Without further ado, below you’ll see examples of natural clients that competed fairly recently. A breakdown of their height and body weight on competition day will follow afterwards. While I won’t go as far as saying that they’ve all reached their ceiling in terms of muscle gains, they’ve come very far. I will also tell you what each one of them has in common: what it takes to reach your maximum muscular potential without the use of drugs.
It’s worth noting that Andreaz and Robert were both tested and passed (2 out of a total of 6 doping tests done that day).
Marcus made it to the finals and placed 6th out of 17 competitors in Luciapokalen Classic Bodybuilding +178 cm two weeks ago. Considering this was his first competition, that’s an exceptional result. Even more so impressive when you take into account that he didn’t even practice his routine for the finals and just went on stage and struck a few poses at random 😀 I would have done the same…I don’t have much love or interest in usual proceedings on competition day.
Anyway, below you’ll see pictures from Marcus’s bulk, at 185 lbs/84 kg and lean, to competition day at 175 lbs/79 kg and shredded (height: 181 cm).
The whole process took 8 weeks which is a very short diet compared to the norm (same for Andreaz and Robert). I helped Marcus out during his bulk and as you can see he kept his body fat percentage in check.
“Off-season” (8 weeks out)
3 Weeks Out
Nordic bodybuilding champ Andreaz decided to try his hand at the Athletic Fitness Championship in September. He placed 5th out of 8 in the -180 cm class.
7 Weeks Out
2 Weeks Out
Robert competed in the same competition as Andreaz. He placed 5th out of 8 in the tall class (+180 cm).
8 Weeks Out
4 Weeks Out
Height and Body Weight Breakdown
- Marcus: 181 cm/79 kg (-102). Estimated body fat on competition day: 4-4.5%.
- Andreaz: 169 cm/69-71 kg (-100/-98). Estimated body fat on competition day: 5-6%. Weight varies slightly; Andreaz was drier in his last bodybuilding competition and weighed in at 69 kg (-100). However, being too ripped on stage for Athletic Fitness can get you minus points. Not taking it too far this last time was a planned and conscious decision.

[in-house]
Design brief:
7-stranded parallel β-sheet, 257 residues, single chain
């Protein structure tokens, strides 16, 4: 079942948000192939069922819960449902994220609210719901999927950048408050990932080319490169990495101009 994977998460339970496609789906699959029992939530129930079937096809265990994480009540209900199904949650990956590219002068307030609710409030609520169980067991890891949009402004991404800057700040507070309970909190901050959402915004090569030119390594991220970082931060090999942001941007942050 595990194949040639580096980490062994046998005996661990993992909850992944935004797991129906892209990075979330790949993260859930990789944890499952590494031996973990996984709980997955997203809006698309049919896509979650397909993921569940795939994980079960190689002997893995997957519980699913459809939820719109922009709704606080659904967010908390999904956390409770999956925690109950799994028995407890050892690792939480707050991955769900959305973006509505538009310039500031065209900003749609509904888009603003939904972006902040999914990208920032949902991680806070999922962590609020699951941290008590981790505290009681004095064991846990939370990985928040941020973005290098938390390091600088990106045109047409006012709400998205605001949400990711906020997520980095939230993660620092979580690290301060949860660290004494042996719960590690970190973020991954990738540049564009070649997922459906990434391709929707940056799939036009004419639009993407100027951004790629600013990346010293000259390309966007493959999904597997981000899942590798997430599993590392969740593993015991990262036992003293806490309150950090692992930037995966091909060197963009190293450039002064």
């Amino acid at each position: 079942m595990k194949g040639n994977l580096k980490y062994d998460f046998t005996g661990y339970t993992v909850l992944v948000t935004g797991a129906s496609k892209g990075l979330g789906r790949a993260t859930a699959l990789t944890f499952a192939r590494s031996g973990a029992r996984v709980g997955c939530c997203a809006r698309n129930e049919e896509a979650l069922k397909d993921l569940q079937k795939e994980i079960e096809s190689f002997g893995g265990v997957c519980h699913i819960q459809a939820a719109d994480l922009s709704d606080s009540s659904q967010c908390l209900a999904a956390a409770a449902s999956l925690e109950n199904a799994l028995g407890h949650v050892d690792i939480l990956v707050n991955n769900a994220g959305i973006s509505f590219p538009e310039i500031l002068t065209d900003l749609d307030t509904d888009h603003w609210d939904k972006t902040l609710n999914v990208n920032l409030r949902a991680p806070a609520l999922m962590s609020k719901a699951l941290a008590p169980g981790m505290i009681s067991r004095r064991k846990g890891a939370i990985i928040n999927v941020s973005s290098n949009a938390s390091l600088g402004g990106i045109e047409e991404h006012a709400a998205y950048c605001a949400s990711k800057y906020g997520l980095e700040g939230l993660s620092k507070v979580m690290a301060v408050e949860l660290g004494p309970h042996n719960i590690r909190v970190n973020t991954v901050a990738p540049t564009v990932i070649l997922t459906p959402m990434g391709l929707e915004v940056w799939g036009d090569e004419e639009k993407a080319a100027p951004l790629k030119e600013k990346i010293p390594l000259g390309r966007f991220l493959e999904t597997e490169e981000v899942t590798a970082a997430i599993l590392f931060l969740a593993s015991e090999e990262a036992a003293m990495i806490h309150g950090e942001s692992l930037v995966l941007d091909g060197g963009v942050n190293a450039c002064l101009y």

- Robert: 182 cm/82 kg (-100). Estimated body fat on competition day: 7%.
- Myself: 186 cm/87.5 kg. With an expected water loss of 2%* body weight as mentioned earlier, my stats would put me at 186 cm/86 kg (-100) on competition day (5.5% body fat). I’m including myself for reference and an additional data point. I haven’t competed but I am natural.
(For more on my progress, check out “My Transformation” and the tag with the same name.)
As you can see, there is no substantial variance in the body weights of these natural trainers. Everyone ends up weighing their height – 100, or very close to it, on competition day.
Applying The Formula: Theory vs Real Life
It didn’t take long before this article was published before there was an influx of genetic marvels in discussion forums that claimed my formula was wrong and that they would surpass it once they got down to the body fat percentage it applies to.
Well, I got news for the keyboard experts out there; you’re wrong. Here’s why:
- You’re most likely fatter than you think. There’s a lot of 5’11 200-225 lbs guys with 10-12% body fat on the Internet. In reality, their “10-12%” body fat is more like 15% body fat or more. Everyone thinks they’re on their way to single digit body fat as soon as they see a blurry four-pack in the right lighting.
- You can’t use your current body weight in the calculation if you’re bulking. It’s not uncommon to see an instant 2-5 lbs drop in body weight after one week of dieting depending on carb intake and size, and that ain’t 2-5 lbs of fat you’re losing. It’s some of your overstocked glycogen stores dropping, causing water loss. Reduced stomach content is also a contributing factor.
If you want to make any reasonable estimate based on theoretical calculation of your stats, take your average body weight in the second week of dieting and use that in the formula.
Key point: Your final body weight at 5-6% will be a lot less than what you think. So to all you keyboard experts that arrive at some fantasy stats and claim that my formula is wrong: bitch, please. Talk to me again when you get in contest shape.
Limits of The Formula
- The formula is for men only. I have not worked with a sufficient sample of female physique athletes to establish an accurate formula for female maximum muscular potential.
- The formula assumes average genetics. A minority of the population falls into the category of “non-responders” to resistance training and might not ever reach the same maximum muscularity as the rest of the population no matter what they do. Along the same lines, there are high-responders that might possibly exceed the formula. However, in my experience, high-responders simply gain muscle mass faster than someone of average genetics; the cap for maximum muscular potential (height – 100) does not seem to be raised by much.